Sir Richard’s New Career; My First Day as a Chaperone at the VAG; Sore Feet; Drinking Until Drooling and Then Something Serious

Wednesday found me home in Vancouver. Yippee and it actually was not raining. I threw on my 10 pound fur jacket purchased at the car boot sale in London, England and was off to meet with Sir Richard of Hot. It was an outdoor day ending up in coffee as his ten o’clock cancelled. We had a lot to catch up on. We have decided on a new career path for him – he will be a personal trainer AND a therapist, all rolled up in one with the client working on their mind and body at the same time. The advantage to Sir Richard is that he will be able to charge hundreds of dollars an hour but as I was the guinea pig I will continue to pay the standard rate. So there! So there! So there! 
So I did admit to feeling very cocky because I did follow the advice of my beloved uncle and i worked – an adversary was brought down – down to the ground. It did take about six months but vindication was achieved. Uncle Dave famously said: “Alexis, stop fighting! Go the the sidelines and watch, they will do themselves in.” It was pretty difficult to do as patience is not one of my virtues but it is done. I learned a great deal from the process and I am proud of myself. 
After my session with Sir Richard I was off to Vancouver Art Gallery for my first Tour Liaison volunteer experience. “How Now Brown Cow” (one of my favorite employees) was most excited. 
He: I am so happy, now you are one of the family!
Me: Thank you for making me feel welcome. What am I? A cousin, an aunt, and in-law?
He: We will decide that later. 
Another employee S was a bit more sardonic. I pointed to the Chaperone sign around my neck and said:
Me: Look at me! I am a Chaperone.
He: There is something seriously wrong with the vetting process in this place. 
Me: That figures. I mean you got a job here. 
So a class of Grade Two children had a fantastic experience and it was really rather amazing to watch their creativity. It was a complicated process consisting of tracing, mylar, paint and all. But they had treasures to take home. One boy asked if he had to take it home because he did not like his work of art. The docent was so wise, telling him that she was an artist, occasionally did not like something she had created but when she looked at it later she saw beauty in it. I later congratulated her on sharing this insight with the little boy. It was rather profound. But at the end of it all I was exhausted, my feet hurt, my back hurt. So I went up to the Cafe, ordered soup and a glass of wine. A wonderful employee, T.G. (for Toronto Girl) brought a second to the table because I did not have the energy to stumble up and get it myself. I even treated myself to dessert – coconut cream pie. Yum, and then walked home. I texted funny S. 
Me: Having a glass of wine in the cafeteria attempting to recover. 
He: wine?  not strong enough 
Me: So true! Home sipping rye! 
He: That’s what I like to hear! Don’t stop until your drooling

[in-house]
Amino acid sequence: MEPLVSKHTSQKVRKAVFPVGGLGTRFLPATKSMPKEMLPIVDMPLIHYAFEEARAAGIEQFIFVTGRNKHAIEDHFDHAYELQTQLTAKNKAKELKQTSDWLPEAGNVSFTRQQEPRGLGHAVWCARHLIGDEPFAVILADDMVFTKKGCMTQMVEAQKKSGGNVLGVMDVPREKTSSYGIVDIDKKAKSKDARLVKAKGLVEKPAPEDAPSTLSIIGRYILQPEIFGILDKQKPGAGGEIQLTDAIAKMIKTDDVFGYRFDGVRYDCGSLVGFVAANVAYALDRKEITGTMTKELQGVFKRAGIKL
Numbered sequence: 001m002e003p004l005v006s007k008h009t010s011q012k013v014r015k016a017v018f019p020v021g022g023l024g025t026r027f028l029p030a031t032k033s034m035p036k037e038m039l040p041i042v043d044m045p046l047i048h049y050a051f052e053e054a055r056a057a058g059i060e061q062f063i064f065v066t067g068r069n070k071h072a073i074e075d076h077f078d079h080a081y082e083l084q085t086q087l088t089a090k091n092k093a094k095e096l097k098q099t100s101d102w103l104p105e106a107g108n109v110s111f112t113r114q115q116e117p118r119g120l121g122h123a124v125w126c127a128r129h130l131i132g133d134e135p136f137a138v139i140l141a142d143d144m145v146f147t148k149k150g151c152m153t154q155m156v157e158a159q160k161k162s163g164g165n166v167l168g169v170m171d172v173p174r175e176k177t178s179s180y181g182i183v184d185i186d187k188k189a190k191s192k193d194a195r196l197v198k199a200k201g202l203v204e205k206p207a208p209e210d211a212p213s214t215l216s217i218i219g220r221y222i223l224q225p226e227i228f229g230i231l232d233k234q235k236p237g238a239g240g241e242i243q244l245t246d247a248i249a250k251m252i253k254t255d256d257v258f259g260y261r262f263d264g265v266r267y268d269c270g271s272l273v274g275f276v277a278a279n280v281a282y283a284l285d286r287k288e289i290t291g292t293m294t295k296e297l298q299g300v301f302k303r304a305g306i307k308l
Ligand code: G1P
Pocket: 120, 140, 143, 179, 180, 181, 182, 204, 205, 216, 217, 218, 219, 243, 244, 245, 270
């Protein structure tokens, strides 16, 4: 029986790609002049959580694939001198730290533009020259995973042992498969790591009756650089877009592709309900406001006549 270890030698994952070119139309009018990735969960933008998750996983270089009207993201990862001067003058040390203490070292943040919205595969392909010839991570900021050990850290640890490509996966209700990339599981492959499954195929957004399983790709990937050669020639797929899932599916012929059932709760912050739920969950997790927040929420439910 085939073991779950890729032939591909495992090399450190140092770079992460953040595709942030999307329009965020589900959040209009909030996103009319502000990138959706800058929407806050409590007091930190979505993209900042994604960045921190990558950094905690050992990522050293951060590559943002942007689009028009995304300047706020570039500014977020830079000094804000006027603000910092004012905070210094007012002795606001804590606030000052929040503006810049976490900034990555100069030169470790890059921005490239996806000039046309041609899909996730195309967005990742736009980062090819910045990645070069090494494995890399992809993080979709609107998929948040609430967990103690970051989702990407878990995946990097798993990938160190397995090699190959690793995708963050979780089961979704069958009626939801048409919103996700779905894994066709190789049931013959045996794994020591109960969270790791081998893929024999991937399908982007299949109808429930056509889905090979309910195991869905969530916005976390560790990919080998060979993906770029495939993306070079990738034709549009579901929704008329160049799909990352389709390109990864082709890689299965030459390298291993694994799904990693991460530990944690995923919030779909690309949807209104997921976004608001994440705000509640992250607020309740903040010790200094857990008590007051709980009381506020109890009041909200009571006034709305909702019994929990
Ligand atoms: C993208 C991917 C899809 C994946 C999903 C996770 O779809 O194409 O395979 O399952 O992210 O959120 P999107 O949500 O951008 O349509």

Me: I shan’t you silly!  
As you can see it was an excellent first day back home but now I shall switch on you and become very serious. I was very pleased to see an Atlantis article revealing that the City of New York took down a statute honoring J. Marion Sims, known as the  known as the “father” of modern gynecology. But he also was a ‘monster’ operating on slave women without unaesthetic. The article opined: “Just as profits from slavery fueled American industrialization, so modern gynecology was birthed by the anguish of black women treated as chattel. And just as the critical role of slavery as a cornerstone of American capitalism has been neglected until recently, Sims’s reliance on human experimentation has only become controversial in the past few decades.Slaves did not have to be recruited, persuaded, and cajoled to endure pain and indignity; they could not refuse. Contrary to the defense that Sims was merely a man of his time, Washington notes, he had contemporary critics—physicians white and black—who attacked his methods as barbaric. His 1883 obituary in The New York Timesmentions his development of a treatment for vesicovaginal fistula, but nothing of the captive women he experimented on. It might have been a simple matter for a white reporter to ignore the descendants of the enslaved in 1883; in 2018, they will be heard.Statues can make for poor history. They are made to celebrate heroes, not to acknowledge human frailties. The former Confederate states erected tributes to their fallen soldiers across the South to honor the defense of human bondage, and the continued triumph of the color caste system that succeeded it after abolition. It is appropriate that a society that no longer seeks to honor slavery or white supremacy, or deceives itself about the Southern cause, ceases to honor the men who lead the fight for it.” 
But the final sentence is the most eloquent: “Removing Sims’s statue is not running from history. It is seeing history with the clarity it demands.” 
It took home some of the children’s rejected art and made a collage, It is pictured. Today is a chore day – how boring. 
Grade 2

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